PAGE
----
Imagine a world in which scientists could eliminate illnesses and diseases before people are even born.
Now, also, imagine what it would be like if parents could choose the physical characteristics, intelligence, and personality of their children. Is that a world you would want to live in?
Recently, a Chinese scientist, He Jiankui, released a video claiming to have successfully performed an experiment to create genetically engineered babies. The procedure, however, has raised concerns in the scientific community, with many calling it "irresponsible". The hospital and university where Jiankui conducted the research in secrecy have denied any role in it. China has suspended Jiankui’s research and opened an investigation into his practices.
What is Genetic Engineering?
As you know, genes determine the characteristics of an organism. There are genes that encode for hair color, height, intelligence, and even freckles. Gene expression is also responsible for the function of individual cells. The genes of cells in the heart are expressed differently from the genes of cells that are part of the skin.
In 1987, researchers discovered what would later be coined CRISPR, a tool that allows researchers to manipulate the expression of genes in cells, and therefore the characteristics of an organism. CRISPR occurs naturally in bacteria. When a virus invades a bacterium, the bacterium creates markers for the virus which are known as CRISPR arrays. If the virus invades again, CRISPR arrays help the bacterium to recognize and disable it. Bacteria disable viruses by cutting up their DNA using an enzyme called Cas9.
Researchers use this "molecular scissors" system to perform extremely accurate DNA surgery to cut out bad pieces of DNA and insert DNA segments. For more on CRISPR, read our article here.
What Did He Jiankui Do?
Jiankui claims to have used CRISPR and Cas9 to turn off expression of the CCR5, a protein that plays a part in our immune system. HIV (human immunodeficiency virus) is a virus that destroys cells that fight disease and infection. HIV is transmitted through certain bodily fluids, including the blood that passes between mother and child during pregnancy. The HIV virus binds to the CCR5 protein, and hence turning the CCR5 off would prevent the virus from infecting cells.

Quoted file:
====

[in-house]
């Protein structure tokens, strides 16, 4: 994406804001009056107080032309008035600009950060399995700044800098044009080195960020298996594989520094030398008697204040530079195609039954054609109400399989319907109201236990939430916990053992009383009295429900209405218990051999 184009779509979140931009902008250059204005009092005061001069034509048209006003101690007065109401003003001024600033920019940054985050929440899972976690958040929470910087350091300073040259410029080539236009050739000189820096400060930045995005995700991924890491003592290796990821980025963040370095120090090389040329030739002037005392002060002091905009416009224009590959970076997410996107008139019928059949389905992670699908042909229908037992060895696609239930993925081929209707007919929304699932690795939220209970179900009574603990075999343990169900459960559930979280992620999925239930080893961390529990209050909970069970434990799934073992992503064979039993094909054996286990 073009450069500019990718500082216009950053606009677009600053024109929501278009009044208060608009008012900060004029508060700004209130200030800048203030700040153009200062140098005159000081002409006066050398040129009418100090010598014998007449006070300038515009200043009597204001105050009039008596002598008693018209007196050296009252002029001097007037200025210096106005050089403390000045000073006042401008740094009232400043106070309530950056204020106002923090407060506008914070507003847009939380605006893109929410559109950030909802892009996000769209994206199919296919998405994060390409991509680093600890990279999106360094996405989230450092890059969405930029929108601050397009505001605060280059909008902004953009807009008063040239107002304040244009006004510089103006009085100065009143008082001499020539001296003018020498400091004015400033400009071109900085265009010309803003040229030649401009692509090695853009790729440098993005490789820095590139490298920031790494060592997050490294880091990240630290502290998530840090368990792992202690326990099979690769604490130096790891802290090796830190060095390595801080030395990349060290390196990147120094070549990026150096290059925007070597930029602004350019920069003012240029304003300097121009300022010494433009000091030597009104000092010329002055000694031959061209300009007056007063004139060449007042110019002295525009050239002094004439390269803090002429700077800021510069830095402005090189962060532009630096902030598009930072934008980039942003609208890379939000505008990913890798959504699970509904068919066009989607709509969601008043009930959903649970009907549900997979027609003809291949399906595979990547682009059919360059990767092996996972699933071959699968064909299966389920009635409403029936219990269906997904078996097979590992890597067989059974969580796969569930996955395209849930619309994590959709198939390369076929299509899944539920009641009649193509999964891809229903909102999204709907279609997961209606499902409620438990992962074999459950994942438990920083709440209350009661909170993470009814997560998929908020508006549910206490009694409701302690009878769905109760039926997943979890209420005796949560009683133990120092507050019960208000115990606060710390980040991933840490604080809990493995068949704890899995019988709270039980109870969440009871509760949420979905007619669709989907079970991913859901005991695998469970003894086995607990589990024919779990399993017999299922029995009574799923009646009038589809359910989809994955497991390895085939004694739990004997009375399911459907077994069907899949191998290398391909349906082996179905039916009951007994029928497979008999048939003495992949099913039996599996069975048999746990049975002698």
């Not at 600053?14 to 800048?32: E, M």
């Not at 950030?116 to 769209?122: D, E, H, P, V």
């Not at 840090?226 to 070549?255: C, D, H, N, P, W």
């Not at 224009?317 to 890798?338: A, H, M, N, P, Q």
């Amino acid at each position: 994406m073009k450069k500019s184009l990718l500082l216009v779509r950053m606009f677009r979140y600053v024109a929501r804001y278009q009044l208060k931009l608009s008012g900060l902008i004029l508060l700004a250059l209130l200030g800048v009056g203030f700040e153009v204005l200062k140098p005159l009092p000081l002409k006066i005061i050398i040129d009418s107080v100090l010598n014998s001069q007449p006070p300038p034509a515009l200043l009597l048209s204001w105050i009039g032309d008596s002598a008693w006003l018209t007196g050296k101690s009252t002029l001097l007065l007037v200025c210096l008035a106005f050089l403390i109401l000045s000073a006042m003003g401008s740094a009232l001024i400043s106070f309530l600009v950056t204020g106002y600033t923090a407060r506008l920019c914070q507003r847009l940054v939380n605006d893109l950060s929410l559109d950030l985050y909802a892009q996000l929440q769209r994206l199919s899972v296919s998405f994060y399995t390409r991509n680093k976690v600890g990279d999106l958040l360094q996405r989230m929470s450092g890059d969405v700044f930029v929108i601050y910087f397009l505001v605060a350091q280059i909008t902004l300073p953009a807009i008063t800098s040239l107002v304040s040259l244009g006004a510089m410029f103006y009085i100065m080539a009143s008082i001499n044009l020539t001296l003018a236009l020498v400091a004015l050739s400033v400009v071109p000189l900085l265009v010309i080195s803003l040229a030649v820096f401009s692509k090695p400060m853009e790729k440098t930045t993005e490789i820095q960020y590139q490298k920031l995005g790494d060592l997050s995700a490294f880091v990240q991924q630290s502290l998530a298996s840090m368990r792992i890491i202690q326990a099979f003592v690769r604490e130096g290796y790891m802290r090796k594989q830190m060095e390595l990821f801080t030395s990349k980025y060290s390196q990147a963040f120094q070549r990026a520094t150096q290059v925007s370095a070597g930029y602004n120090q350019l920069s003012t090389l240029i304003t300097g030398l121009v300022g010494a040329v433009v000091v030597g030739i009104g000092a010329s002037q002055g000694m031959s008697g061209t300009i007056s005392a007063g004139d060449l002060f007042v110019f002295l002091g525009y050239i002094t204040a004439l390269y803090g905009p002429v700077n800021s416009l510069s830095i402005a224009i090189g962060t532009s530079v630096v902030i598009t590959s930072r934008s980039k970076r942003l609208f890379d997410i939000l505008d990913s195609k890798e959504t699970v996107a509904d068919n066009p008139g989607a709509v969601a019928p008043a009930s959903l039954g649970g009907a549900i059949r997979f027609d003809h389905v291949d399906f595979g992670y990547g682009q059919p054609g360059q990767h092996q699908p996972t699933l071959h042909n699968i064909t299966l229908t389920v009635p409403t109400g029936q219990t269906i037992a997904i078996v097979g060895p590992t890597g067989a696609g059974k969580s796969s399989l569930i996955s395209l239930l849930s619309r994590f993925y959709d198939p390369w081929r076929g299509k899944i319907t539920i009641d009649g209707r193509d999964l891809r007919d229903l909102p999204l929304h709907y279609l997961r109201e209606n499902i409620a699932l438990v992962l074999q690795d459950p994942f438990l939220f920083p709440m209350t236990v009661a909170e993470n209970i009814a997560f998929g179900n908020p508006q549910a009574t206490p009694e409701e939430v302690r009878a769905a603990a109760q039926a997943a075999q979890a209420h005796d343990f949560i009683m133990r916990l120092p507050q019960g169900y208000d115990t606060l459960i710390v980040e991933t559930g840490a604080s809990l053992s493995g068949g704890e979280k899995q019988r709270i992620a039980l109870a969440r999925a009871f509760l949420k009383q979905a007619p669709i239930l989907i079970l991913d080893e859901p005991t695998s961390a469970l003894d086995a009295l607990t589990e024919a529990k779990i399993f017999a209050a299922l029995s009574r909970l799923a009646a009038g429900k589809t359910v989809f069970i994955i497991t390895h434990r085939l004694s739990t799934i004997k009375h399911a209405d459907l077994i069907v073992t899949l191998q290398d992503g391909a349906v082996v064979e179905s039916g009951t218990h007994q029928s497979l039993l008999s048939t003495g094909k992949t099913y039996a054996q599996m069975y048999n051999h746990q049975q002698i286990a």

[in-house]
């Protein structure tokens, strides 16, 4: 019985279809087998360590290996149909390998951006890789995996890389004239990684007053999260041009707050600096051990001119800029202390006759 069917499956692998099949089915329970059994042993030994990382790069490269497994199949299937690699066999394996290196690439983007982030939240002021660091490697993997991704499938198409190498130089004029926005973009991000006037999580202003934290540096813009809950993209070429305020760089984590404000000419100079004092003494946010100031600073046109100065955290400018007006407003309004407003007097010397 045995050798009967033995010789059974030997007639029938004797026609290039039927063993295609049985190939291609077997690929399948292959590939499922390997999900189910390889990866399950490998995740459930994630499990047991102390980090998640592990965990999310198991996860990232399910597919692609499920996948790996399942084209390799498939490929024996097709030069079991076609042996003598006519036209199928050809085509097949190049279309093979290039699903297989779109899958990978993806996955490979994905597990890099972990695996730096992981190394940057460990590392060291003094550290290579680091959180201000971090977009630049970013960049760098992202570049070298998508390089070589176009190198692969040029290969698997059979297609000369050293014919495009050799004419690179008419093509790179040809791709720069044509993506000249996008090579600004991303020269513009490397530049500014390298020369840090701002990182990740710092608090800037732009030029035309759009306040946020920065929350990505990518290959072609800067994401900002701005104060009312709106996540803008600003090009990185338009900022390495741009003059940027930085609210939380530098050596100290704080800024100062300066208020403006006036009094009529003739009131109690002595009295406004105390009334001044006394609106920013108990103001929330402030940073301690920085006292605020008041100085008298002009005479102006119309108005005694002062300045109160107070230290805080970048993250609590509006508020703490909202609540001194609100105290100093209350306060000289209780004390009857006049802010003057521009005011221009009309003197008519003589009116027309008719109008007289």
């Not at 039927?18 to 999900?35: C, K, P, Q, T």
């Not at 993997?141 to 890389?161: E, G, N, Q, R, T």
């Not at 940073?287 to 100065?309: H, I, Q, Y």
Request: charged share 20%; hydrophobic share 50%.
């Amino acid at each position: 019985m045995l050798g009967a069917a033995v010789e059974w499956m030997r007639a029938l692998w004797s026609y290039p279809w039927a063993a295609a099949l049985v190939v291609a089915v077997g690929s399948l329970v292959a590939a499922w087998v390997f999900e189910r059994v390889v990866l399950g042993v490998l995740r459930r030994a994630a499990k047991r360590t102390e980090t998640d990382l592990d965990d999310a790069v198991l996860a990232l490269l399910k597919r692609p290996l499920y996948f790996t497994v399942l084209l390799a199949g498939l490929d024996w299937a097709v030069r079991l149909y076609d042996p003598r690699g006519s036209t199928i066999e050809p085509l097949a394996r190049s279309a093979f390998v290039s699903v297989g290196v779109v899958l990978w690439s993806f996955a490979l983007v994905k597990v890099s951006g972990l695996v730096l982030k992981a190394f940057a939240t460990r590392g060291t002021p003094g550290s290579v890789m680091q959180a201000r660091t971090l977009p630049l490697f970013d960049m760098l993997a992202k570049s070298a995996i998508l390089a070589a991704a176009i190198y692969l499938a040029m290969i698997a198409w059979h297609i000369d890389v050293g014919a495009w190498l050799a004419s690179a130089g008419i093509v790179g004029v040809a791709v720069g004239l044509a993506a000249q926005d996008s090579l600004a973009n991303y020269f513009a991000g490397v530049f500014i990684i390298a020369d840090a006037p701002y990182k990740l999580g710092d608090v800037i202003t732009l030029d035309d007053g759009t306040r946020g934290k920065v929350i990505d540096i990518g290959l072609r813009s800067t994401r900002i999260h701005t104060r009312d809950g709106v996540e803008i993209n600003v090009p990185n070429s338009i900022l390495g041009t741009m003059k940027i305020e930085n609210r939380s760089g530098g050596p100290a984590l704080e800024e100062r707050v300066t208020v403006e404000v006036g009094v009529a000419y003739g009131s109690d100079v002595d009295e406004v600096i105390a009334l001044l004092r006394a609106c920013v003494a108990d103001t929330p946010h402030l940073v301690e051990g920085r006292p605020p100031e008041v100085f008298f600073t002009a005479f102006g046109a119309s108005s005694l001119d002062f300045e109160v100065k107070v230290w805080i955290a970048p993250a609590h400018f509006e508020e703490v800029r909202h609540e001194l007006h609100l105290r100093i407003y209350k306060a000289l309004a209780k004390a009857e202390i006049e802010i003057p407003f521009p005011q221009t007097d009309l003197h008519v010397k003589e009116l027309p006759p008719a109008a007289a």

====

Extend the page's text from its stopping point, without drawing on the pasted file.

Jiankui attempted this gene surgery on embryos from seven couples of which the father was infected with HIV. His attempts supposedly resulted in two successful pregnancies, one resulting in Lulu and Nana and another still in its early stages.
Why Is This Controversial?
While genetic engineering of embryos could help prevent and eliminate lethal diseases, there are serious concerns about its misuse. Scientists agree that it should not be used to enhance physical or intellectual characteristics of children, as this would put children of families that cannot afford genetic engineering at a disadvantage.
Besides, there could be unintended consequences of the gene editing process. With regard to Jiankui's procedure, it is quite possible that the lack of CCR5 protein could make the babies susceptible to other diseases. Scientists say there are others ways of screening the embryos for HIV that do not require surgery, and there are medications to treat HIV if one of the babies does develop it -- and hence, such a procedure is unethical.
CRISPR gene-editing is illegal in the United States, most of Europe and China. Genetic engineering is a new field and strict safety regulations and complete transparency would be necessary for future research in the field. What are your opinions on genetic engineering? Do you think it is a good idea to create "designer" babies with traits that we want to see?
Sources: Washington Post, CNN, Technologyreview, NIH, CDC, hiv.va.gov